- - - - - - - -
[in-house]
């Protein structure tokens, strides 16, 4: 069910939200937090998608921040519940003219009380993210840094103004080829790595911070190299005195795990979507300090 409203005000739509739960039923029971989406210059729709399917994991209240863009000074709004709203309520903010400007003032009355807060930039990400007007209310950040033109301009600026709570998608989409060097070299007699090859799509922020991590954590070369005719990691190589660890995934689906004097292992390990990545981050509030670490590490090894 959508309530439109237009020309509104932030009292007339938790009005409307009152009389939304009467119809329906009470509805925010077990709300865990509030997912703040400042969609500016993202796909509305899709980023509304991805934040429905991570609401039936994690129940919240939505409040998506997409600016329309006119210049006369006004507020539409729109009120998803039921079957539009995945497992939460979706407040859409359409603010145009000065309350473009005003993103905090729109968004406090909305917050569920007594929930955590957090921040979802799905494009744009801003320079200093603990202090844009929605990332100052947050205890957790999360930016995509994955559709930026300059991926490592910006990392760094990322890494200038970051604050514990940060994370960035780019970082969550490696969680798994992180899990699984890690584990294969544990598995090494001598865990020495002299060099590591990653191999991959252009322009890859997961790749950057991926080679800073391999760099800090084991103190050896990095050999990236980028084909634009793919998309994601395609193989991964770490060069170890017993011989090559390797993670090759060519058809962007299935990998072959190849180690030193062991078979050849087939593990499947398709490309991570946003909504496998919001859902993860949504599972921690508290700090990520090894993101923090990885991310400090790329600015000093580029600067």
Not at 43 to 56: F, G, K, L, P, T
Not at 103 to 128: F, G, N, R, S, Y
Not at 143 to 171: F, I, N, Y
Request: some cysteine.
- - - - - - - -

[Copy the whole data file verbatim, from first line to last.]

[in-house]
């Protein structure tokens, strides 16, 4: 069910939200937090998608921040519940003219009380993210840094103004080829790595911070190299005195795990979507300090 409203005000739509739960039923029971989406210059729709399917994991209240863009000074709004709203309520903010400007003032009355807060930039990400007007209310950040033109301009600026709570998608989409060097070299007699090859799509922020991590954590070369005719990691190589660890995934689906004097292992390990990545981050509030670490590490090894 959508309530439109237009020309509104932030009292007339938790009005409307009152009389939304009467119809329906009470509805925010077990709300865990509030997912703040400042969609500016993202796909509305899709980023509304991805934040429905991570609401039936994690129940919240939505409040998506997409600016329309006119210049006369006004507020539409729109009120998803039921079957539009995945497992939460979706407040859409359409603010145009000065309350473009005003993103905090729109968004406090909305917050569920007594929930955590957090921040979802799905494009744009801003320079200093603990202090844009929605990332100052947050205890957790999360930016995509994955559709930026300059991926490592910006990392760094990322890494200038970051604050514990940060994370960035780019970082969550490696969680798994992180899990699984890690584990294969544990598995090494001598865990020495002299060099590591990653191999991959252009322009890859997961790749950057991926080679800073391999760099800090084991103190050896990095050999990236980028084909634009793919998309994601395609193989991964770490060069170890017993011989090559390797993670090759060519058809962007299935990998072959190849180690030193062991078979050849087939593990499947398709490309991570946003909504496998919001859902993860949504599972921690508290700090990520090894993101923090990885991310400090790329600015000093580029600067």
Not at 43 to 56: F, G, K, L, P, T
Not at 103 to 128: F, G, N, R, S, Y
Not at 143 to 171: F, I, N, Y
Request: some cysteine.